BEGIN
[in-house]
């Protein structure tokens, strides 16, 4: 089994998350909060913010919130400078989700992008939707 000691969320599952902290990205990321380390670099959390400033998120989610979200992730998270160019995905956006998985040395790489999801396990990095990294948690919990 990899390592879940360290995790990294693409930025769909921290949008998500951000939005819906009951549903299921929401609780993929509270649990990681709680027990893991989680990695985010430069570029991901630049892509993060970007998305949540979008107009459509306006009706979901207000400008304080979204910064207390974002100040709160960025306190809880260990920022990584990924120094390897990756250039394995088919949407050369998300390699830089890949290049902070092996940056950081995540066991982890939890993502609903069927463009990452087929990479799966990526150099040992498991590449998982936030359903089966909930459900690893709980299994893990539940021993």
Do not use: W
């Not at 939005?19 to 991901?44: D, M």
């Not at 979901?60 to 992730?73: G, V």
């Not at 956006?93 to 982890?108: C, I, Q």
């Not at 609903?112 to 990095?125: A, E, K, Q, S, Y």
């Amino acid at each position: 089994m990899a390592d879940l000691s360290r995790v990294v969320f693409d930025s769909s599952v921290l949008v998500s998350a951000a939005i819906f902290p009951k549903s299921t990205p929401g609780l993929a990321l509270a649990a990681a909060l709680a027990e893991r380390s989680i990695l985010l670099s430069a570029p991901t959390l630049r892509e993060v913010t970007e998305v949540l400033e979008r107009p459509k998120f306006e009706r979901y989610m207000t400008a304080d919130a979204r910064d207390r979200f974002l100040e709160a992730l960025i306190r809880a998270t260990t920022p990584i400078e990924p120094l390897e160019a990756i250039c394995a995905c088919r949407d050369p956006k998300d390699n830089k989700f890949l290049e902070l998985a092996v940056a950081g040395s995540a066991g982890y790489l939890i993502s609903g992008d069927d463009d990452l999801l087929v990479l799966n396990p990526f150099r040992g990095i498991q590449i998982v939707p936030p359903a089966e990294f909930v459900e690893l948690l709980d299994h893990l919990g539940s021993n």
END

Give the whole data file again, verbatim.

[in-house]
């Protein structure tokens, strides 16, 4: 089994998350909060913010919130400078989700992008939707 000691969320599952902290990205990321380390670099959390400033998120989610979200992730998270160019995905956006998985040395790489999801396990990095990294948690919990 990899390592879940360290995790990294693409930025769909921290949008998500951000939005819906009951549903299921929401609780993929509270649990990681709680027990893991989680990695985010430069570029991901630049892509993060970007998305949540979008107009459509306006009706979901207000400008304080979204910064207390974002100040709160960025306190809880260990920022990584990924120094390897990756250039394995088919949407050369998300390699830089890949290049902070092996940056950081995540066991982890939890993502609903069927463009990452087929990479799966990526150099040992498991590449998982936030359903089966909930459900690893709980299994893990539940021993």
Do not use: W
């Not at 939005?19 to 991901?44: D, M």
């Not at 979901?60 to 992730?73: G, V």
């Not at 956006?93 to 982890?108: C, I, Q």
């Not at 609903?112 to 990095?125: A, E, K, Q, S, Y």
């Amino acid at each position: 089994m990899a390592d879940l000691s360290r995790v990294v969320f693409d930025s769909s599952v921290l949008v998500s998350a951000a939005i819906f902290p009951k549903s299921t990205p929401g609780l993929a990321l509270a649990a990681a909060l709680a027990e893991r380390s989680i990695l985010l670099s430069a570029p991901t959390l630049r892509e993060v913010t970007e998305v949540l400033e979008r107009p459509k998120f306006e009706r979901y989610m207000t400008a304080d919130a979204r910064d207390r979200f974002l100040e709160a992730l960025i306190r809880a998270t260990t920022p990584i400078e990924p120094l390897e160019a990756i250039c394995a995905c088919r949407d050369p956006k998300d390699n830089k989700f890949l290049e902070l998985a092996v940056a950081g040395s995540a066991g982890y790489l939890i993502s609903g992008d069927d463009d990452l999801l087929v990479l799966n396990p990526f150099r040992g990095i498991q590449i998982v939707p936030p359903a089966e990294f909930v459900e690893l948690l709980d299994h893990l919990g539940s021993n």